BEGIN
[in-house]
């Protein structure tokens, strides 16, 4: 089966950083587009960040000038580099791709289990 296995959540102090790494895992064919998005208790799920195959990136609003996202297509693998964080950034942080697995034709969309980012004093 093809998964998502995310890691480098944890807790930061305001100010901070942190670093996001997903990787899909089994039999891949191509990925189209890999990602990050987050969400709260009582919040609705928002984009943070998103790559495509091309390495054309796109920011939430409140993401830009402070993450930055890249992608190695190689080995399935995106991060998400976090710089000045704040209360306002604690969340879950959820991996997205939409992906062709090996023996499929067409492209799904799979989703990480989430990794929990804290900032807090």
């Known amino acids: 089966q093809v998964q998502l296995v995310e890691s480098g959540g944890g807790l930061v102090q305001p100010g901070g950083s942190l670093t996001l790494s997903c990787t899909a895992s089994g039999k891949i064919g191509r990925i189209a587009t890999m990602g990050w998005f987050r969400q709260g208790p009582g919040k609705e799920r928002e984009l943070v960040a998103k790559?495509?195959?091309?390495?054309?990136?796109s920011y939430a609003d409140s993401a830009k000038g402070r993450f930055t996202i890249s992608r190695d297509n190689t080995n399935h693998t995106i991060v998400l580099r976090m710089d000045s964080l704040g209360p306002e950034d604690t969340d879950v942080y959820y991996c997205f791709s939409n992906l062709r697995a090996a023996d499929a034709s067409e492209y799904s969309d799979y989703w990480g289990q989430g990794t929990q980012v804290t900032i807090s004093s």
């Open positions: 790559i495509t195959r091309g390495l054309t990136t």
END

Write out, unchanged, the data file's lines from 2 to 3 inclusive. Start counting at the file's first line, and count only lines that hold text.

């Protein structure tokens, strides 16, 4: 089966950083587009960040000038580099791709289990 296995959540102090790494895992064919998005208790799920195959990136609003996202297509693998964080950034942080697995034709969309980012004093 093809998964998502995310890691480098944890807790930061305001100010901070942190670093996001997903990787899909089994039999891949191509990925189209890999990602990050987050969400709260009582919040609705928002984009943070998103790559495509091309390495054309796109920011939430409140993401830009402070993450930055890249992608190695190689080995399935995106991060998400976090710089000045704040209360306002604690969340879950959820991996997205939409992906062709090996023996499929067409492209799904799979989703990480989430990794929990804290900032807090």
């Known amino acids: 089966q093809v998964q998502l296995v995310e890691s480098g959540g944890g807790l930061v102090q305001p100010g901070g950083s942190l670093t996001l790494s997903c990787t899909a895992s089994g039999k891949i064919g191509r990925i189209a587009t890999m990602g990050w998005f987050r969400q709260g208790p009582g919040k609705e799920r928002e984009l943070v960040a998103k790559?495509?195959?091309?390495?054309?990136?796109s920011y939430a609003d409140s993401a830009k000038g402070r993450f930055t996202i890249s992608r190695d297509n190689t080995n399935h693998t995106i991060v998400l580099r976090m710089d000045s964080l704040g209360p306002e950034d604690t969340d879950v942080y959820y991996c997205f791709s939409n992906l062709r697995a090996a023996d499929a034709s067409e492209y799904s969309d799979y989703w990480g289990q989430g990794t929990q980012v804290t900032i807090s004093s």